Unfortunately, GHC won't let us use the built-in `do` syntax. Even though we've carefully hidden the regular `>>=` operator, GHC goes digging around in the libraries and finds it anyway. So we need to somehow replace the built-in `do` with a new version that uses our redefined `>>=`.

Update: As Brandon points out below, we can get the same result with `-fno-implicit-prelude`, which will force GHC to use whatever `>>=` is in scope. Thanks, Brandon!

We can build our own version of `do` using Template Haskell. Template Haskell allows us to generate code at compile-time, in fashion similar to Lisp macros. In the code below, `\$(...)` means "insert some code here," and `[|...|]` parses an expression and returns it as a data structure.

``````setExample' :: S.Set Int
setExample' = \$(restricted [|do
x <- S.fromList [1,2,4]
y <- S.fromList [1,2,4]
return (x*y) |])
``````

The function `restricted` maps a parsed expression to another parsed expression.

As it turns out, we're not allowed to define `restricted` (or any of our earlier type classes) in the same file as `setExample'`. So we need to create a file "RestrictedMonad.hs" and move all our definitions into it:

``````{-# LANGUAGE MultiParamTypeClasses,
UndecidableInstances,

restricted
) where

import Prelude hiding (return, fail, (>>=))
import qualified Prelude

import qualified Data.Set as S

-- Our earlier definitions go here...
``````

Now, we can define our "macro":

``````-- Maps a quoted expression to a quoted
-- expression.
restricted :: Q Exp -> Q Exp
restricted code = do
(DoE stmts) <- code
expand stmts
``````

Before we can define `expand`, we need one more piece. Template Haskell is based on monads, and we've redefined the built-in monad operators. To generate our replacement code, we'll need to use the built-in `return` operator:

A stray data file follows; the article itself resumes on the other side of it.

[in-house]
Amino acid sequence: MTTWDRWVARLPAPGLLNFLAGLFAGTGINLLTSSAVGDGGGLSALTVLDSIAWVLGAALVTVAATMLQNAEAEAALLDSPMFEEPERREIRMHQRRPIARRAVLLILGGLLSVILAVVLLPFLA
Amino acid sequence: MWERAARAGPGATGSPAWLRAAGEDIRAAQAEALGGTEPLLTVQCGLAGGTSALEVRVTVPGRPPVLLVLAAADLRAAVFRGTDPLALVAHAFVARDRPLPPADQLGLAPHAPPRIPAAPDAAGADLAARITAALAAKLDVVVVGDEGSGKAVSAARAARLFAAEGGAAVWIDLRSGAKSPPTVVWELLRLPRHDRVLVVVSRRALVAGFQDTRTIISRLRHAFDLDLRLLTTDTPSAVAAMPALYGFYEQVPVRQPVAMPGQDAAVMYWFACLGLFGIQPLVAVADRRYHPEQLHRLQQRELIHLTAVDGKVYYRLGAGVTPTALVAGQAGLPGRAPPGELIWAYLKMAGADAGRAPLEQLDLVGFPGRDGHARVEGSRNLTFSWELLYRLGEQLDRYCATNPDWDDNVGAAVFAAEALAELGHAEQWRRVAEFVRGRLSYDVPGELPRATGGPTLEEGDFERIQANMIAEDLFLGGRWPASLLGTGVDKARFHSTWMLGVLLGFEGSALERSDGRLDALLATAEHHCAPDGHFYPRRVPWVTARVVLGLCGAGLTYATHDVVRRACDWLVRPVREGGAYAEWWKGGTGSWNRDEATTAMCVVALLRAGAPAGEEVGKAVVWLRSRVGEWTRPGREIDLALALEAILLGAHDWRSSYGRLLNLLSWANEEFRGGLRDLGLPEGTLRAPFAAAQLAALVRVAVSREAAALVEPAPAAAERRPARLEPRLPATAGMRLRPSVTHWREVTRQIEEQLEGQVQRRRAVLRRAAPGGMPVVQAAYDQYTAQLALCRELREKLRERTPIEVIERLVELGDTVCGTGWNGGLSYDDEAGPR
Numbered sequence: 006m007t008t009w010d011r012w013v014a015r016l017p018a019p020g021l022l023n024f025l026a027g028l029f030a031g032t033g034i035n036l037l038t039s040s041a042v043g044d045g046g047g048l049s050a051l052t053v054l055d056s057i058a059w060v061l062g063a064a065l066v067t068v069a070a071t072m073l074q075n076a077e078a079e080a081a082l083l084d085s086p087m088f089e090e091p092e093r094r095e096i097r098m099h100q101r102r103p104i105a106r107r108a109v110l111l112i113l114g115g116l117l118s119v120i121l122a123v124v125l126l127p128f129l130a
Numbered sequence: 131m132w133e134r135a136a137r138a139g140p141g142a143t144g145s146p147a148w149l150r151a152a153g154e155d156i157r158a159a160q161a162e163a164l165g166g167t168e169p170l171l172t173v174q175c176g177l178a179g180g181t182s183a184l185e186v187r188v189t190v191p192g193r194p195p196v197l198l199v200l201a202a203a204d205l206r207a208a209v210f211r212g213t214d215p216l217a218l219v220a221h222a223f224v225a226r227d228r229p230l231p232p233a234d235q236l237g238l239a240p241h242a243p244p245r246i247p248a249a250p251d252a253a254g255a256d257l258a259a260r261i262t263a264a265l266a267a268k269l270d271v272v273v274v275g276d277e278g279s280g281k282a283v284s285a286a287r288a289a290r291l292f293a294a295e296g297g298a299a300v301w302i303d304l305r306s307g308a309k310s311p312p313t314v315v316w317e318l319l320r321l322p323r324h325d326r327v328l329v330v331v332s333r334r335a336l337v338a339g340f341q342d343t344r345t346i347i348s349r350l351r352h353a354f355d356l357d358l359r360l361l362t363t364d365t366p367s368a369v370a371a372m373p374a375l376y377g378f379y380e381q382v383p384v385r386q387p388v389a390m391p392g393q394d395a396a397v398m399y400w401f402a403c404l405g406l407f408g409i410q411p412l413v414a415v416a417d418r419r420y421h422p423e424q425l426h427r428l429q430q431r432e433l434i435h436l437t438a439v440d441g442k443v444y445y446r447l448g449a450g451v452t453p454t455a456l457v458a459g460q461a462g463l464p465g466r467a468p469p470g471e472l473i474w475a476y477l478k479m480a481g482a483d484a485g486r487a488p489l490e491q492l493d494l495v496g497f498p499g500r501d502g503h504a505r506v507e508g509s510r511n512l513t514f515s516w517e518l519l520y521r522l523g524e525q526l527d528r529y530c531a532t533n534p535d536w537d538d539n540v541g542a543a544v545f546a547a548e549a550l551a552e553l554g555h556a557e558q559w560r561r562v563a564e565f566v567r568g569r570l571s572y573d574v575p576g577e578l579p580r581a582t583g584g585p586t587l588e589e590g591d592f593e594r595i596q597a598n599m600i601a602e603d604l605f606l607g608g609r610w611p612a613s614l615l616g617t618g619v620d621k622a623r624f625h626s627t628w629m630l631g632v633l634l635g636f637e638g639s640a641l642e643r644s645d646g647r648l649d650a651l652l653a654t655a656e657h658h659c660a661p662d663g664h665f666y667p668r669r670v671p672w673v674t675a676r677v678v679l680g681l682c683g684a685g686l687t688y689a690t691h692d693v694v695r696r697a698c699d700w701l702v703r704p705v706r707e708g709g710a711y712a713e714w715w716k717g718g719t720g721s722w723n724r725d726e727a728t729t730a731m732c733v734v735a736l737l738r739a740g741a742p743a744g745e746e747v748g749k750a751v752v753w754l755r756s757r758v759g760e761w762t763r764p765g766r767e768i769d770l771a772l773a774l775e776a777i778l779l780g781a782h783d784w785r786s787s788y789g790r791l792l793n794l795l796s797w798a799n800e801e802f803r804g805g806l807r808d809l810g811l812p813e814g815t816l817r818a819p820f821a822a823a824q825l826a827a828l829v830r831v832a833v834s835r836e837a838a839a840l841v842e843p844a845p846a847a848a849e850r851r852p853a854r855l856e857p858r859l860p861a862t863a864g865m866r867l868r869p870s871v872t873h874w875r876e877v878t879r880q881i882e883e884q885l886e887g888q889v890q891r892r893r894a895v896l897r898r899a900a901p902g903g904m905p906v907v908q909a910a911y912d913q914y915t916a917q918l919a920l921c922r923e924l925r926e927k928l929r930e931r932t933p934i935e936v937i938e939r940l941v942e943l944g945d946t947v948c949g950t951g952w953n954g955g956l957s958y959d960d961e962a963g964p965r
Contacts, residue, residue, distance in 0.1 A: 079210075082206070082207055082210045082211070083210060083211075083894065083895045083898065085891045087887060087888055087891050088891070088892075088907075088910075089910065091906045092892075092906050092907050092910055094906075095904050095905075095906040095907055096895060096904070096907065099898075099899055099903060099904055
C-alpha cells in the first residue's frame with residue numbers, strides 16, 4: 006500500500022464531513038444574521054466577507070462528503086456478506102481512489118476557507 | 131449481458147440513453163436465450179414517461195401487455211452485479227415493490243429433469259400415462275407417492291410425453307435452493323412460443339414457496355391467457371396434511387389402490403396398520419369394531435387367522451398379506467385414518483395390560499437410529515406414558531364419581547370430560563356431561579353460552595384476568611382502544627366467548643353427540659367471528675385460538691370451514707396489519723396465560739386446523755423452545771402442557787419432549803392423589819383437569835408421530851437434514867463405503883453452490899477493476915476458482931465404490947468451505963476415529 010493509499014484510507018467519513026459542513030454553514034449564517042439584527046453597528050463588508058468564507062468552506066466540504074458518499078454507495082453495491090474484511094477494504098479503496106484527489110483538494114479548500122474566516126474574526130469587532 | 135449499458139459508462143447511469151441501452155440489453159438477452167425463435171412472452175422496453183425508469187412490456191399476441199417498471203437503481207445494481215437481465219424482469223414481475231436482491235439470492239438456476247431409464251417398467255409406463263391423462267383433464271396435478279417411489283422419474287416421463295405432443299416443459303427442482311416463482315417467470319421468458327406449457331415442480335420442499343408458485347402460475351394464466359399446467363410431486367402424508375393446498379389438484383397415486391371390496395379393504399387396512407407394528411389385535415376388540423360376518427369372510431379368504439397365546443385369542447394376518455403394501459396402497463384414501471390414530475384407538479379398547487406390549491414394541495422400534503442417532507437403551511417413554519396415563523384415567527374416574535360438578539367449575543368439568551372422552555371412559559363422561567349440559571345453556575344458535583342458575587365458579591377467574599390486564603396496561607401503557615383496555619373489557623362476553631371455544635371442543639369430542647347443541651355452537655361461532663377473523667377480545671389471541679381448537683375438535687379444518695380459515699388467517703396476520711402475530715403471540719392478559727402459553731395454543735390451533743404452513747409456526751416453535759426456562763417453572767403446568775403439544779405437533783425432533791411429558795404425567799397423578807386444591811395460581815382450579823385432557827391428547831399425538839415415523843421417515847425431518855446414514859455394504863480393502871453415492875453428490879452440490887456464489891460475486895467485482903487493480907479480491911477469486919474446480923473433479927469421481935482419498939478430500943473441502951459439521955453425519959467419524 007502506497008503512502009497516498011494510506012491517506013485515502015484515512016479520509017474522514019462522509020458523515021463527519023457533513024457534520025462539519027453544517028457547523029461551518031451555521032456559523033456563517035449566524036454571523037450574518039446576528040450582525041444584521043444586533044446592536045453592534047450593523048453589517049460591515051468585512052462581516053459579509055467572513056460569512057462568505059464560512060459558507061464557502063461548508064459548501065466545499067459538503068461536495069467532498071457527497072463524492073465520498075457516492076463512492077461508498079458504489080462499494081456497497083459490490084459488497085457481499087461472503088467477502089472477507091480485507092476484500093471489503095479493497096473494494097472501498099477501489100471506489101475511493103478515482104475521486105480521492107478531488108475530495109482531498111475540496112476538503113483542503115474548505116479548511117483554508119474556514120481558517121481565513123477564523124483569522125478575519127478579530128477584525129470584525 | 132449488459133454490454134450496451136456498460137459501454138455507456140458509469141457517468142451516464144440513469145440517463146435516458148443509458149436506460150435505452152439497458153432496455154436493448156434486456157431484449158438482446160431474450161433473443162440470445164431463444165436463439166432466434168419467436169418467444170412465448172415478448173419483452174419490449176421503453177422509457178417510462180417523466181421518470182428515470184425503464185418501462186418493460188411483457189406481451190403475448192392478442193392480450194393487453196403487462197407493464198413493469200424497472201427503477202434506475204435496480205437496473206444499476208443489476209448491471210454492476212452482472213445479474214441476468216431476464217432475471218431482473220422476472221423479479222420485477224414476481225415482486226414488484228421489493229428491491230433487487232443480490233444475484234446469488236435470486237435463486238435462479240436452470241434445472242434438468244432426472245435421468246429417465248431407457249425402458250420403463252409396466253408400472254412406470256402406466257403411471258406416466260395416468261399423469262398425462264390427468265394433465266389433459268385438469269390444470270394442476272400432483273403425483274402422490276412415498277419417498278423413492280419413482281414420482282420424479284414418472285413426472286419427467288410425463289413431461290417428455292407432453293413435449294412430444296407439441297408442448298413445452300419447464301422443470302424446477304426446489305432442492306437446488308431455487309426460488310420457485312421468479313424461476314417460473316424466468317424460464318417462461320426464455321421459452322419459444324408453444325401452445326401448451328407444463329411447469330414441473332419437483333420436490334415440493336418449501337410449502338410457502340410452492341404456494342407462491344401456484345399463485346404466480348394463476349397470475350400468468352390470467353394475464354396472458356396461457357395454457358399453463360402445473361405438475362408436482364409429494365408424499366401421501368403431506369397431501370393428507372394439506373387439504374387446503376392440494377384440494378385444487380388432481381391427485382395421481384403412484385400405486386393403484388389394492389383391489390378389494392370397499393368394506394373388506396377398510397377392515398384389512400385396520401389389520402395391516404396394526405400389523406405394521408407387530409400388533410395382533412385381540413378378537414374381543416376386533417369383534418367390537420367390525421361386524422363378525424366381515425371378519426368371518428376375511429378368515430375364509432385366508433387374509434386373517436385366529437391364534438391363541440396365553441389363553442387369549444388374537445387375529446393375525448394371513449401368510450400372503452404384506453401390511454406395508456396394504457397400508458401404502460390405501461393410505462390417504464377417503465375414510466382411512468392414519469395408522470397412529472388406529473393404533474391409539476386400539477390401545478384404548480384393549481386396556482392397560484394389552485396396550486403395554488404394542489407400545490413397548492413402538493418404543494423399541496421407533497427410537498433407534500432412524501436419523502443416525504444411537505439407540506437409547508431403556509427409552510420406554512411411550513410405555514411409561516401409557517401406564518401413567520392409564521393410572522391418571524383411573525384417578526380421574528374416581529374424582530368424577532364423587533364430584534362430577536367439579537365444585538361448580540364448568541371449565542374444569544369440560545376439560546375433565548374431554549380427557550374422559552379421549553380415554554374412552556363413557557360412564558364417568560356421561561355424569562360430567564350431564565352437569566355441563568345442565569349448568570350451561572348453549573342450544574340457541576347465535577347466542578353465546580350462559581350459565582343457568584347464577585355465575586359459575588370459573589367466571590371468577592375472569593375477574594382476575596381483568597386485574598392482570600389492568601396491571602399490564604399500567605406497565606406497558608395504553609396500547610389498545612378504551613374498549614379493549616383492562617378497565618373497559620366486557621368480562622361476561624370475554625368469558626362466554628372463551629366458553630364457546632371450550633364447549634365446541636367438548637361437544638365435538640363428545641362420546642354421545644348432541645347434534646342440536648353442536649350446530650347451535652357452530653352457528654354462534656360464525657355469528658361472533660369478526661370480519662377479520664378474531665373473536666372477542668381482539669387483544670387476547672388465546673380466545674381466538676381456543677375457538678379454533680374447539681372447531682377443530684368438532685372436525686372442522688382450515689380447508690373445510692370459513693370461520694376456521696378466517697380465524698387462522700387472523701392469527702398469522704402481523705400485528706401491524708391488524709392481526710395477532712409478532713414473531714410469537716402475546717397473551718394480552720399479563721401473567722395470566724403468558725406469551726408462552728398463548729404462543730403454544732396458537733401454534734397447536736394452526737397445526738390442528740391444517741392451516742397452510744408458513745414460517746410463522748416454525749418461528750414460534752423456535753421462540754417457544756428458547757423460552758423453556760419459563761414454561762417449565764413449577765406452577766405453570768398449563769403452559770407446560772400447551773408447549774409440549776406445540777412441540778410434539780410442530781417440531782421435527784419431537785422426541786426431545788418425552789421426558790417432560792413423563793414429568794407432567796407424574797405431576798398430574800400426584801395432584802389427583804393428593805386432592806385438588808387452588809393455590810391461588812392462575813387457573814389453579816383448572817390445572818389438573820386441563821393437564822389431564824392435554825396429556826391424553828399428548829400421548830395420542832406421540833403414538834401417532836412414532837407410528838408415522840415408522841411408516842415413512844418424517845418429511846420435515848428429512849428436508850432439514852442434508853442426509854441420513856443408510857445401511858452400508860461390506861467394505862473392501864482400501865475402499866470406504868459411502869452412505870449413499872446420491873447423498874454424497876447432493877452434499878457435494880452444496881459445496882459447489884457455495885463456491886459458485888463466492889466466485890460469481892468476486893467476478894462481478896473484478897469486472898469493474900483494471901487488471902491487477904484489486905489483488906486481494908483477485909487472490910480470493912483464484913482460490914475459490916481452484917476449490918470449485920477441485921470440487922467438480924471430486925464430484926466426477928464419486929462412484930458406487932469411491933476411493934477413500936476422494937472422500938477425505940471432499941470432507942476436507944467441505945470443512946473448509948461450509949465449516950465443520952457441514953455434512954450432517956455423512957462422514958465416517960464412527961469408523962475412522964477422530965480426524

``````ret :: a -> Q a
ret = Prelude.return
``````

Now we're ready to define `expand`. This function expands a parsed `do`-body into a series of function calls. The implementation gets a little messy at times, due to limitations in Template Haskell.

``````-- pat <- expr; stmts...  We use lamE here
-- because we can't insert 'pat' directly
-- into the [|...|] form.
--
-- Note that we don't call 'fail' on
-- pattern-match failure, but we should.
expand (BindS pat expr:stmts) =
[| \$(ret expr) >>=
\$(lamE [ret pat]
(expand stmts)) |]

-- let decls...; stmts...
expand (LetS decls:stmts) =
letE (fmap ret decls)
(expand stmts)

-- The final expression in the 'do'.
expand (NoBindS expr:[]) = ret expr

-- expr; stmts...
expand (NoBindS expr:stmts) =
[| \$(ret expr) >>=
(\_ -> \$(expand stmts)) |]

expand stmts =
error ("Malformed 'do': "++show stmts)
``````

There are three well-known laws that all monads must obey. But there are some lesser-known monad laws that are automatically enforced in standard Haskell, thanks to the type checker. But now that we allow our monad to use the operations defined by `Ord`, we need to prove these extra laws manually.

This should be a complete list:

``````-- The standard monad laws.
join . return == id
join . fmap return == id
join . join == join . fmap join

-- The other monad laws: Return and join
-- are natural transformations.
fmap f . return == return . f
fmap f . join == join . fmap (fmap f)

-- The functor laws.
fmap id == id
fmap (f . g) == fmap f . fmap g
``````

Ultimately, I'd like to see `Data.Set` become a monad in standard Haskell.